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Frequently Asked Questions

Mooring Tips

When picking up a mooring, always use the top ring to pick the buoy up with a boat hook. Then shackle the mooring pennant to the mooring chain shackle, rather than to the buoy itself. This puts all the strain on the anchor chain, rather than the buoy.

Additionally, always use chafing gear where mooring lines run through bow chocks or are likely to contact deck hardware. A thimble on the shackled end will prevent chafe at the buoy.

What Size Buoy Will I Need?

A buoy's size is determined by the weight of the line, chain, or other objects it must support and conditions it will be subject to. For that reason we don't give specific recommendations, as each application is different, but here's some factors that might be helpful:

  • Weather conditions, sea state, and currents can add stress, and require additional buoyancy.
  • We recommend calculating the buoyancy of the buoy based on the buoys volume and the water weight of displacement, minus the buoys weight. Volume and product weight are available in our product charts.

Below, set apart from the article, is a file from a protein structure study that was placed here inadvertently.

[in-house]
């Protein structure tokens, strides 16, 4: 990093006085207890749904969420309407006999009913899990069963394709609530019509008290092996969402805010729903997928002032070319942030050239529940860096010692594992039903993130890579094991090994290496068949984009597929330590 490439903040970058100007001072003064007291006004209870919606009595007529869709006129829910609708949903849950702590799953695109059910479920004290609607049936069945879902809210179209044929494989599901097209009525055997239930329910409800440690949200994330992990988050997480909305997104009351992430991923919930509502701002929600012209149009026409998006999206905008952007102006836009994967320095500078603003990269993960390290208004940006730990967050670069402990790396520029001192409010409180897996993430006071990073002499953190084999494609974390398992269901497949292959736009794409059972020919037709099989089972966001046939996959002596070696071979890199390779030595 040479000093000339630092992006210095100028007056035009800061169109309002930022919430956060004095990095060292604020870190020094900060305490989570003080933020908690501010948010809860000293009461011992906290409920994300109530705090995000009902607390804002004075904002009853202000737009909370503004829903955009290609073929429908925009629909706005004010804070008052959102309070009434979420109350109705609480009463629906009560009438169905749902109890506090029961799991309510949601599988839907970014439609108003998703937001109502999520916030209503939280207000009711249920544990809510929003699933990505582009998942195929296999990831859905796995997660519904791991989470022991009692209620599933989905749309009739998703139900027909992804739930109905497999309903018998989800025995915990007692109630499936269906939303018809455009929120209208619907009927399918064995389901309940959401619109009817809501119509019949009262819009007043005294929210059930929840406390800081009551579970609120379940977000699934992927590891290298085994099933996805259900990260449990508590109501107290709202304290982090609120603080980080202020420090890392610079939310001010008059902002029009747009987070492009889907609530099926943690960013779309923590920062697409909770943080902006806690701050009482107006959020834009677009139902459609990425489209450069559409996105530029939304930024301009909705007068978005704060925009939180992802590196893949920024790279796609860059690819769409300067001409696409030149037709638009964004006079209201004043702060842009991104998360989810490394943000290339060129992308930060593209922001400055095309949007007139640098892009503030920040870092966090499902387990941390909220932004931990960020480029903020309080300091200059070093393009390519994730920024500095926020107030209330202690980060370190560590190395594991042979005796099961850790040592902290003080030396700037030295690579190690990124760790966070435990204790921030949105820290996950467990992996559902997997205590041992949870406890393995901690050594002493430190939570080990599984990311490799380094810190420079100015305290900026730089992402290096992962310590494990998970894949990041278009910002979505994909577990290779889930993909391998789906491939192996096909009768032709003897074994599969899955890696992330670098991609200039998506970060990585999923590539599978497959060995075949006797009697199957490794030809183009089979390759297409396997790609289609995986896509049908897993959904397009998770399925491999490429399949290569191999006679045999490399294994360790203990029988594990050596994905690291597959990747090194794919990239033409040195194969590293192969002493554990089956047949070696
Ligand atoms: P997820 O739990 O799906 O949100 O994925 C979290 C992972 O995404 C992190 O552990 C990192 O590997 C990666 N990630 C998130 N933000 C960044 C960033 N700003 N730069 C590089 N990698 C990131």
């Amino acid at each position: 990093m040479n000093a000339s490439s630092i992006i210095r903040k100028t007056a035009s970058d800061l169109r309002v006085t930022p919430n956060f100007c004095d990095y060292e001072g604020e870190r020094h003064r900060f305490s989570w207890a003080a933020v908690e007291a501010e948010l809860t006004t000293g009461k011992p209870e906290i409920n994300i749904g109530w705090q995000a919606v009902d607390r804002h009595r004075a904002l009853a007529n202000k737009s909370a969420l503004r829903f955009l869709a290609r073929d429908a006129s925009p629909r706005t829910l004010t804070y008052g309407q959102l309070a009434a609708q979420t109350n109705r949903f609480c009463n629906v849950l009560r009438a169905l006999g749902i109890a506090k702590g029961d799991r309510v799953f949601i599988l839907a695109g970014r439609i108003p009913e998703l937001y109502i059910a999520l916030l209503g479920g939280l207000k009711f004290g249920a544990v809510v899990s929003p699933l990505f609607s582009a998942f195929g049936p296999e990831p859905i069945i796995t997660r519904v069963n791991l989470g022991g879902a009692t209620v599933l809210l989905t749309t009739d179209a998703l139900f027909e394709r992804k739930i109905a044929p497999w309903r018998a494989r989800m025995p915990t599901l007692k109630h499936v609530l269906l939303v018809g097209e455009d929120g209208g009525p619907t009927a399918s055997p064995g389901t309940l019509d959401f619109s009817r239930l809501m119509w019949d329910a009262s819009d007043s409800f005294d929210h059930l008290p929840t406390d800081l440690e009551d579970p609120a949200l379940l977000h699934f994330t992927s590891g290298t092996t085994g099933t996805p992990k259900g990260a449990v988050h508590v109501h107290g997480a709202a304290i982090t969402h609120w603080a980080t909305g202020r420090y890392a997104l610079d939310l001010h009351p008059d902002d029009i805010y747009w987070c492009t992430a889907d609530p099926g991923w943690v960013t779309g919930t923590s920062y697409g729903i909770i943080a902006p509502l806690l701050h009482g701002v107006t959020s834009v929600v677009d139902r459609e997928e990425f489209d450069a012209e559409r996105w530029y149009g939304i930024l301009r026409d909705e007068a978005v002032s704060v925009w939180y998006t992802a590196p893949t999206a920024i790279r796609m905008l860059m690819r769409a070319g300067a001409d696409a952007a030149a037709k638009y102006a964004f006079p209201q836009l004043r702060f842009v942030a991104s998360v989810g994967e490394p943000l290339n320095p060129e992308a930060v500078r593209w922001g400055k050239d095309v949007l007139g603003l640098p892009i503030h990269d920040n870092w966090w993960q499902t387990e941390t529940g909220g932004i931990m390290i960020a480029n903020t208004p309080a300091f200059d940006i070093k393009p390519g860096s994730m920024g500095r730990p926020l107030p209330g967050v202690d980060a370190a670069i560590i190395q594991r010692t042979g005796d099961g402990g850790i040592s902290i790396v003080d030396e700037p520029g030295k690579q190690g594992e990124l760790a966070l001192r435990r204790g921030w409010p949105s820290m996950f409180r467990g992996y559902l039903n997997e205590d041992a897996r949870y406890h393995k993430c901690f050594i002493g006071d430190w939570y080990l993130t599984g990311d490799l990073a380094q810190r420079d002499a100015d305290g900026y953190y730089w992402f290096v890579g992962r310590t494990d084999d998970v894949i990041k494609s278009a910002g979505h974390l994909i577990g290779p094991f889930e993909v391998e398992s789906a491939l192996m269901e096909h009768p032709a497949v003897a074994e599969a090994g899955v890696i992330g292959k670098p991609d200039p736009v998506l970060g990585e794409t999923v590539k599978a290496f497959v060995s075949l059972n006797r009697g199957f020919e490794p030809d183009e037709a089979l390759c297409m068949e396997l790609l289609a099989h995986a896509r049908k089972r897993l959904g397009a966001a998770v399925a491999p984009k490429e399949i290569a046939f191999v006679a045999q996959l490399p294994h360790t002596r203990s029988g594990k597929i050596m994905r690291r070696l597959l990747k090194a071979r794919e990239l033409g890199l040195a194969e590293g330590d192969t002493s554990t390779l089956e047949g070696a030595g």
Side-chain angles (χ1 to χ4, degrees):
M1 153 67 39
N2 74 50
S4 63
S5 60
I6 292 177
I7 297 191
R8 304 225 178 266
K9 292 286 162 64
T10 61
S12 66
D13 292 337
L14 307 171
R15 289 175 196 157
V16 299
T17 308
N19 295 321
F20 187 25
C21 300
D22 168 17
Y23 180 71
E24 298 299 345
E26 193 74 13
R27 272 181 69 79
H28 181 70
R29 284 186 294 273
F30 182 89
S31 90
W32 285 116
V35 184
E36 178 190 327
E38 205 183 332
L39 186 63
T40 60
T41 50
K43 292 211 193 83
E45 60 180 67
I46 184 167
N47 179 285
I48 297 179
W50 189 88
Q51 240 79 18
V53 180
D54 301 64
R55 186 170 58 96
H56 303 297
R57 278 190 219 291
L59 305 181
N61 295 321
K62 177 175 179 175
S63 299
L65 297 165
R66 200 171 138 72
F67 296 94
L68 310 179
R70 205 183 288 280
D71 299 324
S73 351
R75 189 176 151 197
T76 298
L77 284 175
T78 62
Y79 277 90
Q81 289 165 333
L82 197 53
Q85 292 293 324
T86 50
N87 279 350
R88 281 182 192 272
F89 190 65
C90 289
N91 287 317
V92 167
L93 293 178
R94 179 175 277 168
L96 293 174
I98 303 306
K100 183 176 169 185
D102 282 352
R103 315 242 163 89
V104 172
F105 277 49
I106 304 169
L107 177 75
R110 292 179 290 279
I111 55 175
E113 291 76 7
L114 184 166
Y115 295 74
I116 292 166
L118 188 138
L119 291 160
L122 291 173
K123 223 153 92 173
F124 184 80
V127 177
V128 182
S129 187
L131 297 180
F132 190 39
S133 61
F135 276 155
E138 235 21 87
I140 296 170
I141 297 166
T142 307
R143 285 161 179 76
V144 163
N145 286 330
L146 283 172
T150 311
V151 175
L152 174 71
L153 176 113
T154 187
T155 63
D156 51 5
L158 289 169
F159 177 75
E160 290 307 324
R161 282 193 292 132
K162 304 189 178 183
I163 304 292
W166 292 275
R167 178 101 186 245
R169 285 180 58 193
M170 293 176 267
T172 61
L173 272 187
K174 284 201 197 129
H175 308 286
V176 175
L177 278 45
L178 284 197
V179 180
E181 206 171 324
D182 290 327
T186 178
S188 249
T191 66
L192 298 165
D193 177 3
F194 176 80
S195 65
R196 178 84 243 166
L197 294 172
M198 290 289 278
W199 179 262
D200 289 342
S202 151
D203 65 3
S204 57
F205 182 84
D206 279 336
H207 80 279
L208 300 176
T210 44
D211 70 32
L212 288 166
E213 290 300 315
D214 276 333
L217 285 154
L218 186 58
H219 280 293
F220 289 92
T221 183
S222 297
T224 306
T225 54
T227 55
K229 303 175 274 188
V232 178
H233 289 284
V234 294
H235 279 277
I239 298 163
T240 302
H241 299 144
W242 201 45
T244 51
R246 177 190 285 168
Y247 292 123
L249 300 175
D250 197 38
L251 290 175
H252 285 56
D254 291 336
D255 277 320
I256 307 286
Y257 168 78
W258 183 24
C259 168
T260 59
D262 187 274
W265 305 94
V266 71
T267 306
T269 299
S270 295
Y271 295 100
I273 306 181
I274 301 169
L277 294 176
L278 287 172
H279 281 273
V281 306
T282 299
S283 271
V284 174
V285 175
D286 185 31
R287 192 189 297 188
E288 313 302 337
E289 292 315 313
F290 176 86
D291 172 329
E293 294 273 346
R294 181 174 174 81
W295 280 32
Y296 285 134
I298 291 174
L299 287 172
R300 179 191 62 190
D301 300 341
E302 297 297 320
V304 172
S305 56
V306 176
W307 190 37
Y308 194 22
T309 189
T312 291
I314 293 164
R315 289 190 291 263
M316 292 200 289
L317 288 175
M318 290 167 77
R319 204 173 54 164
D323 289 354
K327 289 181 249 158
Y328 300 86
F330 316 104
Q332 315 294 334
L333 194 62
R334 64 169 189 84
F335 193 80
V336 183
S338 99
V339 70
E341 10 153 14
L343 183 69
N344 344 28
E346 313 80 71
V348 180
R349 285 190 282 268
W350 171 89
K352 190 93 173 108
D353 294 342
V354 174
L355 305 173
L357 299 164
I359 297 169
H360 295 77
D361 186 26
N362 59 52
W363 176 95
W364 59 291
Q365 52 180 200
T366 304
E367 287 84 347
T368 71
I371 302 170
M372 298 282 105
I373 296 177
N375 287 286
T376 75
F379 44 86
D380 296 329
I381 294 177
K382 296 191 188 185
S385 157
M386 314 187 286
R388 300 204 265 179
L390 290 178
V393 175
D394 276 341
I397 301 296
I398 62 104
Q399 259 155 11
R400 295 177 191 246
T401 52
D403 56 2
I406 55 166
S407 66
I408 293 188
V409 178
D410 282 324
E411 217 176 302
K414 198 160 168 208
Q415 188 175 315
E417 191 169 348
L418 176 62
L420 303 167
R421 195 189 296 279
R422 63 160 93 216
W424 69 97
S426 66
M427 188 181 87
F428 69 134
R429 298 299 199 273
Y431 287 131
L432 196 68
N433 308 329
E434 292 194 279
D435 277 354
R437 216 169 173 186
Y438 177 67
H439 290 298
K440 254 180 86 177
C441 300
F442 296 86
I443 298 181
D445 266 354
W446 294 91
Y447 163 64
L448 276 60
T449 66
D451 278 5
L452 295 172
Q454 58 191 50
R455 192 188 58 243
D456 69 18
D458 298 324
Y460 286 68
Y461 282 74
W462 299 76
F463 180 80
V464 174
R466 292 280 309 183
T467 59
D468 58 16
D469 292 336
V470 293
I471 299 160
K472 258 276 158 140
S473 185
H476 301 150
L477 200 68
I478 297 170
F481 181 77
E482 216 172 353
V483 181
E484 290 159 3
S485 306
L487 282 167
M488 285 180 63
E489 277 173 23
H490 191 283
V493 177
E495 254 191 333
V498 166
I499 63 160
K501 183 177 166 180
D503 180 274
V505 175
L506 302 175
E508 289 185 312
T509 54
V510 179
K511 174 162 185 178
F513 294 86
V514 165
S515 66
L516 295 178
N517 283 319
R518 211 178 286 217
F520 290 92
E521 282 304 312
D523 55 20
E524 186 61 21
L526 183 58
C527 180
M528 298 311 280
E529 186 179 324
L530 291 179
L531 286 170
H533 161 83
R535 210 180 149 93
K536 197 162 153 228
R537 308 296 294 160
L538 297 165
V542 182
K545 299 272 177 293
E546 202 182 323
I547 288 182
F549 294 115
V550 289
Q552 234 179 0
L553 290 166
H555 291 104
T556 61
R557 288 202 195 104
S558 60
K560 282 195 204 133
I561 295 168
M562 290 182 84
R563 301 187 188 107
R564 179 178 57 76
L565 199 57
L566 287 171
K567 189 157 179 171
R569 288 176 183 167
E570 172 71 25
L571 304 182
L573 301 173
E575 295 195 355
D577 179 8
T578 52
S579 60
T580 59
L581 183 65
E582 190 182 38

• Add at least a 25% safety margin of extra buoyancy for the weight you'll need to suspend.
  • Inflatable buoys lose buoyancy when dragged below the surface of the water. 

What is the Right Size Fender for My Boat?

To find the right size fender for your boat, review the Fender Sizing Guide. Common sense, as well as an understanding of your boat and mooring conditions, must be considered in selecting the right fender.


In a hard blow, the holding power of the mooring can be increased by lengthening the mooring pennant. This increases the scope of the mooring, providing greater holding power - just be sure to check other boats in the moorage first to ensure you won't foul another moored boat.

In adverse conditions, a second mooring pennant can be run to the top eye as a safety in case the primary pennant chafes through or fails.

All shackles should be moused to prevent opening. Electrician's plastic tie wraps are an excellent means of securing a shackle.


See our inflation guide for inflation instructions.